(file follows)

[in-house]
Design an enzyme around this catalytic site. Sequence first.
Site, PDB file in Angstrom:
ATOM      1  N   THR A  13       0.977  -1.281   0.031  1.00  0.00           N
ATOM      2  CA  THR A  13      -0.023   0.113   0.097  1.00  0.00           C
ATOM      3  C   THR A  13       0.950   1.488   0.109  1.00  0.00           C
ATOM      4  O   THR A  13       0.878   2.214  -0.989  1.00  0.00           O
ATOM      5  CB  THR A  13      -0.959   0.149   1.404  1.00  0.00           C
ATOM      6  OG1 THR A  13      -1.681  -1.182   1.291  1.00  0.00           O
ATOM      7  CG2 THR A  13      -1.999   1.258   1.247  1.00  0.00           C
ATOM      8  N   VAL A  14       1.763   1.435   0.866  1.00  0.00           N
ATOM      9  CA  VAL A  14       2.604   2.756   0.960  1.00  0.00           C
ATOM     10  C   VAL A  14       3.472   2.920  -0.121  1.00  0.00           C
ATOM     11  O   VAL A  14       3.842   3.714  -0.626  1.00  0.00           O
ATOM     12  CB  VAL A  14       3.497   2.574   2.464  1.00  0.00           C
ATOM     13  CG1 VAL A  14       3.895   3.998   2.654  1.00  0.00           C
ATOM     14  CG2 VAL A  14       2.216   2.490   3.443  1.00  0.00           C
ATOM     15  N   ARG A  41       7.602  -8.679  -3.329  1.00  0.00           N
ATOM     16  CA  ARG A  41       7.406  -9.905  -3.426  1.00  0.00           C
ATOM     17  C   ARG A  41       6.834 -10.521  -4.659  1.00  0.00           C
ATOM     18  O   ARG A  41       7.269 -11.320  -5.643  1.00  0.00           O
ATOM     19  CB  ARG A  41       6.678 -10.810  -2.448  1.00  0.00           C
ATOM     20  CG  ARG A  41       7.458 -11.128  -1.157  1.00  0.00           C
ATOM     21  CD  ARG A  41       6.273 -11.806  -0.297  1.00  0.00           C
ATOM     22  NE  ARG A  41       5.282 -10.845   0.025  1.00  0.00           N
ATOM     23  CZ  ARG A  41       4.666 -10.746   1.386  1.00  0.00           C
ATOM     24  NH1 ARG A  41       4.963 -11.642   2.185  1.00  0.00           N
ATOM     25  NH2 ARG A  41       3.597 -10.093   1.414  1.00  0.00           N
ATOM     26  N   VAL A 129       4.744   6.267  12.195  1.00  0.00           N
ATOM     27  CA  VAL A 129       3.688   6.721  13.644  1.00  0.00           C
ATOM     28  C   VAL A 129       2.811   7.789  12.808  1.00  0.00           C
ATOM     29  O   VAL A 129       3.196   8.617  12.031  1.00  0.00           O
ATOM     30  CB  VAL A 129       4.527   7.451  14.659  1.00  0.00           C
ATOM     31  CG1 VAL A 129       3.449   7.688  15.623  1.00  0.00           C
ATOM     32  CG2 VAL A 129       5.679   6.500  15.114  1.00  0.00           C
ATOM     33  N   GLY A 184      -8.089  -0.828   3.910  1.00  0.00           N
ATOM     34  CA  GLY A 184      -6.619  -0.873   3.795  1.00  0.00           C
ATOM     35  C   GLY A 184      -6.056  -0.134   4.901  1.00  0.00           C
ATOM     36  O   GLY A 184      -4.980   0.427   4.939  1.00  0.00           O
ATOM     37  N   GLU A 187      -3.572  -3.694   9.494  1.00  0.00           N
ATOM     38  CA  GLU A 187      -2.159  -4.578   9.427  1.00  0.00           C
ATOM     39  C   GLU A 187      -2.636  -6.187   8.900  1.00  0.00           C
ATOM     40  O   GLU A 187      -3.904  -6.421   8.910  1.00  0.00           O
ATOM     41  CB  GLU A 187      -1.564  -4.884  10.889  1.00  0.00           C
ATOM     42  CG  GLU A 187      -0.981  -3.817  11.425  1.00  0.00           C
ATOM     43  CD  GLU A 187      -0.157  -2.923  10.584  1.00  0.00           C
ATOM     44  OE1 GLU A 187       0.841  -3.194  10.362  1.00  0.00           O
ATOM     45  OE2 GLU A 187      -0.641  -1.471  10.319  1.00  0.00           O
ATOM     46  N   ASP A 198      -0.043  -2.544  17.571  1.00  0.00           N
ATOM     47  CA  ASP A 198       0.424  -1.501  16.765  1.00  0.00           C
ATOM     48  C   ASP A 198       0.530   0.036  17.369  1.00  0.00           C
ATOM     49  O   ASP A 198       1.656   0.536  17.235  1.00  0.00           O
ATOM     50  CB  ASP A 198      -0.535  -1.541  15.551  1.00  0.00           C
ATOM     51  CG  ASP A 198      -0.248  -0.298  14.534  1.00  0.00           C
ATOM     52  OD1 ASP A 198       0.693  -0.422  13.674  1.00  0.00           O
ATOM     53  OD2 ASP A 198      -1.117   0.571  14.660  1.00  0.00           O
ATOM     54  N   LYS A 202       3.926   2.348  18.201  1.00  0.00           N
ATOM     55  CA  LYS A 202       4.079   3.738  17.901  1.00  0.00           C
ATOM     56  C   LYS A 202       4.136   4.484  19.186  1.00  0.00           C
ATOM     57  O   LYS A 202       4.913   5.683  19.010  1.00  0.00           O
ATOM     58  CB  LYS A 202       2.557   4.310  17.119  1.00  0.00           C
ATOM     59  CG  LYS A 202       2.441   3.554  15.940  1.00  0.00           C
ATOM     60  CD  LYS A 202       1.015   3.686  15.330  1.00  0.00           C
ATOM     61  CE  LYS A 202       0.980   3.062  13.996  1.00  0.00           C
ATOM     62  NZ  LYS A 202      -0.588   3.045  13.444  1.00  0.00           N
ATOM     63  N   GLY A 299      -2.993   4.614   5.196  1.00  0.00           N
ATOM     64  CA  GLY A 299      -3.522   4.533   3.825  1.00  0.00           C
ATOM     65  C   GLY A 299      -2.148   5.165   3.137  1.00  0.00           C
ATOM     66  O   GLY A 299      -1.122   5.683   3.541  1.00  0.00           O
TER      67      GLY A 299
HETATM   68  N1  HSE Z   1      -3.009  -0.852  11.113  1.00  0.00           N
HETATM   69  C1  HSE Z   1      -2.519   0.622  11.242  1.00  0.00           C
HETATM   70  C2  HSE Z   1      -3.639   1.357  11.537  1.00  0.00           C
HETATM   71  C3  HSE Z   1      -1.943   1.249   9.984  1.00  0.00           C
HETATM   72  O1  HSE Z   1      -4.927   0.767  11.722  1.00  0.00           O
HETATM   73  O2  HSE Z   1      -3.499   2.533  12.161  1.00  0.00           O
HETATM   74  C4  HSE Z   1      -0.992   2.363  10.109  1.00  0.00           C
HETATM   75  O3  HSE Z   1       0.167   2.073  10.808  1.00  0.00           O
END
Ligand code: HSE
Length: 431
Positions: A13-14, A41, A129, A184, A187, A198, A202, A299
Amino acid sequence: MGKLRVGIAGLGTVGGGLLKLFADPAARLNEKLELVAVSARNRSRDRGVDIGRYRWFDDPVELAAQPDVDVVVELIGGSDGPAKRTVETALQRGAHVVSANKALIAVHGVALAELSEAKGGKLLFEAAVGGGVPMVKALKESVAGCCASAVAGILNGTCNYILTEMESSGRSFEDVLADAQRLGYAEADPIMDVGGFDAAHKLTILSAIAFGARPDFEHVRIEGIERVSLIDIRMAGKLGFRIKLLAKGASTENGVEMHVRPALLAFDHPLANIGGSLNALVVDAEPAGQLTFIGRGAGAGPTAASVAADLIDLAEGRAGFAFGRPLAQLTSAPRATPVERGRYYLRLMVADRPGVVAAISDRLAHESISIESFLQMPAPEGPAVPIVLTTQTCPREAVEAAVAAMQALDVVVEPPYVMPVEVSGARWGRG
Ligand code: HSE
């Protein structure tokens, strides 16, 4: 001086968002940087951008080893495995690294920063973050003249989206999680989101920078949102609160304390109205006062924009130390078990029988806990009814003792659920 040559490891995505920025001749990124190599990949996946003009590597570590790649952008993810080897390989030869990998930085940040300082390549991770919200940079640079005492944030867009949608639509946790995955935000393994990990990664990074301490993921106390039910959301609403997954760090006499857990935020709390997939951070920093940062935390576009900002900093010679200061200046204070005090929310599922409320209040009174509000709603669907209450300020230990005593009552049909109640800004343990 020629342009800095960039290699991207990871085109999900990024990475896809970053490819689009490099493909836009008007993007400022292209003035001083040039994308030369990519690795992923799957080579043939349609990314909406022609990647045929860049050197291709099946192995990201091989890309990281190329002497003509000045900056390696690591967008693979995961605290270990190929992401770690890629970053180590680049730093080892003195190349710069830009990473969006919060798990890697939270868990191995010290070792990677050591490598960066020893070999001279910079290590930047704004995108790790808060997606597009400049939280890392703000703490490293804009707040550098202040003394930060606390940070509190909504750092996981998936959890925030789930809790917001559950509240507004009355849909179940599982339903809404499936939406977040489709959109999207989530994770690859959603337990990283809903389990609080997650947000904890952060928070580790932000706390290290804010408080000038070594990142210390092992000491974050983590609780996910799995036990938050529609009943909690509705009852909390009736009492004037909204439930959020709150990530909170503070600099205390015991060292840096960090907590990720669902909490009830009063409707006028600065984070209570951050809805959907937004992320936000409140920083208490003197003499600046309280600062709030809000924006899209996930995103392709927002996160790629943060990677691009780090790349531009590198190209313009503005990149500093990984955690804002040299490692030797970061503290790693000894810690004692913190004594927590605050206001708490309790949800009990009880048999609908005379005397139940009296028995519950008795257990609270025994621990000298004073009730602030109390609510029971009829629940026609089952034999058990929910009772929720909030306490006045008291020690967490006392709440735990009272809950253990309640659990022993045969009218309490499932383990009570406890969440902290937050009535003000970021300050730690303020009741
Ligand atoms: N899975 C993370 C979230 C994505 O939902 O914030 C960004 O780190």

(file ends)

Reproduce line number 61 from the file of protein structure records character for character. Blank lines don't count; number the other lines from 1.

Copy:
ATOM     58  CB  LYS A 202       2.557   4.310  17.119  1.00  0.00           C